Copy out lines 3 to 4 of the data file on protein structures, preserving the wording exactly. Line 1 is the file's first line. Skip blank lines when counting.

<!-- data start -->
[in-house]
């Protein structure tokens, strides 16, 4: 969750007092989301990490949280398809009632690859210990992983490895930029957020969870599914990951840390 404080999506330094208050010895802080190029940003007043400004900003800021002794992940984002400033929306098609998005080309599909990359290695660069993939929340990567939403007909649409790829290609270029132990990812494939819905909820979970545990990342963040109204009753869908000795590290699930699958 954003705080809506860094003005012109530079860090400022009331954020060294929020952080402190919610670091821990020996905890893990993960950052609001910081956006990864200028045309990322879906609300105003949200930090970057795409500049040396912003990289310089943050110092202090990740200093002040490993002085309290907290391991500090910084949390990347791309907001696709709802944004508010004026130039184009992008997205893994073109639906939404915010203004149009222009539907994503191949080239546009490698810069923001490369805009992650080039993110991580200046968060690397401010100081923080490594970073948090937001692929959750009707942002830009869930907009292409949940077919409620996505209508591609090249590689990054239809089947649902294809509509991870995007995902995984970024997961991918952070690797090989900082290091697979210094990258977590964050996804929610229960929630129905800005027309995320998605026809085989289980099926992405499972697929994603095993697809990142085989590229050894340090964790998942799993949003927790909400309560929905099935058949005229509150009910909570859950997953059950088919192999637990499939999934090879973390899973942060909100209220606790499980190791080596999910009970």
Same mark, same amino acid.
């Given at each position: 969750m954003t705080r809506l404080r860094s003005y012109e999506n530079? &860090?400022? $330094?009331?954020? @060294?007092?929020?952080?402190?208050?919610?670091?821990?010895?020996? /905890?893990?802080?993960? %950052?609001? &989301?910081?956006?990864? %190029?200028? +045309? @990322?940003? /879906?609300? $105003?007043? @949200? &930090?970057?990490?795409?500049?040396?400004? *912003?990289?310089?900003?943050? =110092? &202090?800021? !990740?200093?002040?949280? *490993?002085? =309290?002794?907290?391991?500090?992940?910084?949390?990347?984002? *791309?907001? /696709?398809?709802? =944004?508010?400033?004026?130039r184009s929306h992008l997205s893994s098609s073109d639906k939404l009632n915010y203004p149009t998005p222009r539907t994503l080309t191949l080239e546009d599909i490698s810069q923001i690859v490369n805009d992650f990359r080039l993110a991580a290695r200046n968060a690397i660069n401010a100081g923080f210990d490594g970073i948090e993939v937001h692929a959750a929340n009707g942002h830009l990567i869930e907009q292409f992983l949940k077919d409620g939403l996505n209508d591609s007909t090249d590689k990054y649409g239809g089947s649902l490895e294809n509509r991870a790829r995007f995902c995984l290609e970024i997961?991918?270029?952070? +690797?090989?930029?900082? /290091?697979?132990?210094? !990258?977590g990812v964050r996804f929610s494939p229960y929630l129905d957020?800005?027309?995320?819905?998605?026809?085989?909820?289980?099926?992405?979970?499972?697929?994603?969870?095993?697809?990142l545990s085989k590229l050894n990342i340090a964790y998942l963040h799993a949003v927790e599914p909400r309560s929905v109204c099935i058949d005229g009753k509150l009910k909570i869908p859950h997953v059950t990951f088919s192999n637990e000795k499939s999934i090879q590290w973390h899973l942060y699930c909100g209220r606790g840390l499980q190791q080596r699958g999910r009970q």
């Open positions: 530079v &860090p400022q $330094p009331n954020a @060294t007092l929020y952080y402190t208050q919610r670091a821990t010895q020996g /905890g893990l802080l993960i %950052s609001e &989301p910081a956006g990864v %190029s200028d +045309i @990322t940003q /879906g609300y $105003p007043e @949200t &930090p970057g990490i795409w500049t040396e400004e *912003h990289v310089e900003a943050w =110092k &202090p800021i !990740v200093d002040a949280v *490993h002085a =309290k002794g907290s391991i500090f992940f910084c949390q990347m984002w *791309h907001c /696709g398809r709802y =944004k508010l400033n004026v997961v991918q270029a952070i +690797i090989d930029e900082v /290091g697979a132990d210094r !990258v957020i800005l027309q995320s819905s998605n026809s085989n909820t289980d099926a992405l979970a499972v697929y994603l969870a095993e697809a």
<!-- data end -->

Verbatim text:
Same mark, same amino acid.
């Given at each position: 969750m954003t705080r809506l404080r860094s003005y012109e999506n530079? &860090?400022? $330094?009331?954020? @060294?007092?929020?952080?402190?208050?919610?670091?821990?010895?020996? /905890?893990?802080?993960? %950052?609001? &989301?910081?956006?990864? %190029?200028? +045309? @990322?940003? /879906?609300? $105003?007043? @949200? &930090?970057?990490?795409?500049?040396?400004? *912003?990289?310089?900003?943050? =110092? &202090?800021? !990740?200093?002040?949280? *490993?002085? =309290?002794?907290?391991?500090?992940?910084?949390?990347?984002? *791309?907001? /696709?398809?709802? =944004?508010?400033?004026?130039r184009s929306h992008l997205s893994s098609s073109d639906k939404l009632n915010y203004p149009t998005p222009r539907t994503l080309t191949l080239e546009d599909i490698s810069q923001i690859v490369n805009d992650f990359r080039l993110a991580a290695r200046n968060a690397i660069n401010a100081g923080f210990d490594g970073i948090e993939v937001h692929a959750a929340n009707g942002h830009l990567i869930e907009q292409f992983l949940k077919d409620g939403l996505n209508d591609s007909t090249d590689k990054y649409g239809g089947s649902l490895e294809n509509r991870a790829r995007f995902c995984l290609e970024i997961?991918?270029?952070? +690797?090989?930029?900082? /290091?697979?132990?210094? !990258?977590g990812v964050r996804f929610s494939p229960y929630l129905d957020?800005?027309?995320?819905?998605?026809?085989?909820?289980?099926?992405?979970?499972?697929?994603?969870?095993?697809?990142l545990s085989k590229l050894n990342i340090a964790y998942l963040h799993a949003v927790e599914p909400r309560s929905v109204c099935i058949d005229g009753k509150l009910k909570i869908p859950h997953v059950t990951f088919s192999n637990e000795k499939s999934i090879q590290w973390h899973l942060y699930c909100g209220r606790g840390l499980q190791q080596r699958g999910r009970q």